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Monday, January 5, 2009

1H / 27Al TRAPDOR NMR of Kaolinite

TRAPDOR (TRAnsfer of Populations in DOuble Resonance) NMR (Grey and Vega, JACS 117, 8232 (1995)) is a solid state NMR technique where the effects of dioplar coupling between a quadrupolar nucleus and a spin I = 1/2 nucleus can be observed in the spectrum of the spin I = 1/2 nucleus. The technique relies on a rotor synchronized spin echo of the spin I = 1/2 nucleus with CW irradiation of the quadrupolar nucleus during the first echo delay period. The CW irradiation during a single rotor cycle behaves like an adiabatic frequency sweep as the quadrupolar frequencies vary over the course of the rotor cycle. The effects of dipolar coupling between the quadrupolar nucleus and the spin I = 1/2 nuclei, which are normally averaged by MAS, are reintroduced in the TRAPDOR measurement and the complete refocusing of the spin I = 1/2 NMR signal is prevented. The technique therefore can be used to determine whether or not a spin I = 1/2 nucleus is close in proximity to a quadrupolar nucleus. The figure below shows the 1H / 27Al TRAPDOR NMR spectrum of kaolinite at 11.7 Tesla. The top two traces are conventional rotor synchronized 1H Hahn echo spectra acquired with MAS rates of 12 kHz and 2.8 kHz, respectively. The bottom trace was acquired at the same spinning speed as the middle trace with CW irradiation of the 27Al during the first echo delay. One can see a very much reduced 1H echo indicating the presence of heteronuclear 1H - 27Al dipolar coupling.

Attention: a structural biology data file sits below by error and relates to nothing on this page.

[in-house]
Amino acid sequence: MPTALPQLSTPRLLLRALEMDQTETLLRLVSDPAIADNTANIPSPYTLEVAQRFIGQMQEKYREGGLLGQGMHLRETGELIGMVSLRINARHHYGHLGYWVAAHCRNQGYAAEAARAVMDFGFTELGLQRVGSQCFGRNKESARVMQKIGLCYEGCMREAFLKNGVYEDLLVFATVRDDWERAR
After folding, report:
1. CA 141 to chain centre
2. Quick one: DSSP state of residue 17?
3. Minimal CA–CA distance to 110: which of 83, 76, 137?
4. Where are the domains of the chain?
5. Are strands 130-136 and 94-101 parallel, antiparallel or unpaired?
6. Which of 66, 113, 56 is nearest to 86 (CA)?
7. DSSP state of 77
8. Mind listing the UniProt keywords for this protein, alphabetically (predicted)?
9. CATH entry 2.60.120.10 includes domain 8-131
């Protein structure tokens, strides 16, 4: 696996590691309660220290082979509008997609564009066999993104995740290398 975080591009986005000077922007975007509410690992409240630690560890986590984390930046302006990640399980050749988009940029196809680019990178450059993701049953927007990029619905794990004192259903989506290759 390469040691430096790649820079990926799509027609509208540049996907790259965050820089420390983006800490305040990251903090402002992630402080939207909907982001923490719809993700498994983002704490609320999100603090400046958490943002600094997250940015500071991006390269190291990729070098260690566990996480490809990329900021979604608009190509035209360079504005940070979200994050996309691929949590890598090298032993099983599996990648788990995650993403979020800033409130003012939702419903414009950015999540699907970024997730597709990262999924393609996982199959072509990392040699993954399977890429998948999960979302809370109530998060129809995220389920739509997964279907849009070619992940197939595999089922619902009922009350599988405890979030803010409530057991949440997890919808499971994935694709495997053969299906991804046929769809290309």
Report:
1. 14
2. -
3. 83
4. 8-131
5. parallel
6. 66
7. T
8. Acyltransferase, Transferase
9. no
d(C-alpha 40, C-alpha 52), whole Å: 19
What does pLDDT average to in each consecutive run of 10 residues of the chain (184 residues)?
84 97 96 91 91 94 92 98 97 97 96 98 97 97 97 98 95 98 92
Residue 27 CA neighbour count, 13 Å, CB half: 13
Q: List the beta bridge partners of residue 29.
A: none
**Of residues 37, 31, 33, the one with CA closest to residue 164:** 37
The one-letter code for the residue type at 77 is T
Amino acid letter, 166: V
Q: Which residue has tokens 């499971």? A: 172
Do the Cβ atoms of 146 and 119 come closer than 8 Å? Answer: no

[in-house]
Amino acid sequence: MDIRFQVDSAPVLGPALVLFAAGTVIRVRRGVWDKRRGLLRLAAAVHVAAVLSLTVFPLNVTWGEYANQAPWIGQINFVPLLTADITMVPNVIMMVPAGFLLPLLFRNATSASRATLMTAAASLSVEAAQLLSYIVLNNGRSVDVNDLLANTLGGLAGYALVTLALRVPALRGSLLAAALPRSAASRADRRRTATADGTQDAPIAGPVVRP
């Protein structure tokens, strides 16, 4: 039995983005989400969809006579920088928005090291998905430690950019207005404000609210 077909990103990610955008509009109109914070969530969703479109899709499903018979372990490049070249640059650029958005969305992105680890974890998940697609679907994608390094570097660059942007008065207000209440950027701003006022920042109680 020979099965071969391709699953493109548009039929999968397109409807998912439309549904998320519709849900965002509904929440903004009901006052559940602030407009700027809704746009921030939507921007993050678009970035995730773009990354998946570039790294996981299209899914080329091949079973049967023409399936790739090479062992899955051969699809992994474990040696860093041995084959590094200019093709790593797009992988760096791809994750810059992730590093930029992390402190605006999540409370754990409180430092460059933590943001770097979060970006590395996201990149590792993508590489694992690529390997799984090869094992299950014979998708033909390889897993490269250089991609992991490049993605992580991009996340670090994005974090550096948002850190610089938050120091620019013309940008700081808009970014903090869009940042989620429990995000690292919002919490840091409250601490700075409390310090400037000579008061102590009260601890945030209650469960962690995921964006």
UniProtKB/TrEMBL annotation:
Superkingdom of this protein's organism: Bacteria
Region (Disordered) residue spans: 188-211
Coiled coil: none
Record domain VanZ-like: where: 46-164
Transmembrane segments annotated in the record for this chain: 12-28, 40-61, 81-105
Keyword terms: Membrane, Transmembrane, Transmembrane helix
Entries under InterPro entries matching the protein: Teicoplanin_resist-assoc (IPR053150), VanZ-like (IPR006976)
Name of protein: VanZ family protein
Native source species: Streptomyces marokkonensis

This technique can be used to "find" quadrupolar neuclei which are "invisible" by direct detection due to their very large quadrupolar coupling constants.

4 comments:

Anonymous said...

Nice post. Thank you. Could you tell us how do you do the phasing for the TRAPDOR spectrum? Did you use the same parameters as the Hahn echo? Sometimes people use the "difference" spectrum, by substracting the TRAPDOR from Hahn echo, but often substracting two spectra generates sharp negative peaks, any suggestions?

Glenn Facey said...

Anonymous,

Thank you for your comment. You raise a very important (and in my opinion often overlooked) point. Indeed, there is a significant phase difference between the Hahn echo spectrum and the TRAPDOR spectrum. These phase differences make difference spectroscopy very problematic and subjective as each of the spectra must be phased independantly. The most sensible thing to do to avoid subjective errors due to phasing differences is to consider the difference in the overall signal intensity.

Glenn

Anonymous said...

Thank you Glenn. Your answer is very helpful. By the way, how do you measure the overall signal intensity? Do you use the intensity of the echo top in FID (real+imaginary) or you do the integration in the spectrum? Thank you.

Glenn Facey said...

Anonymous,

In this case I did not measure the signal intensity at all however either of the ways you propose should be OK - or perhaps even calculating a magnitude spectrum.

Glenn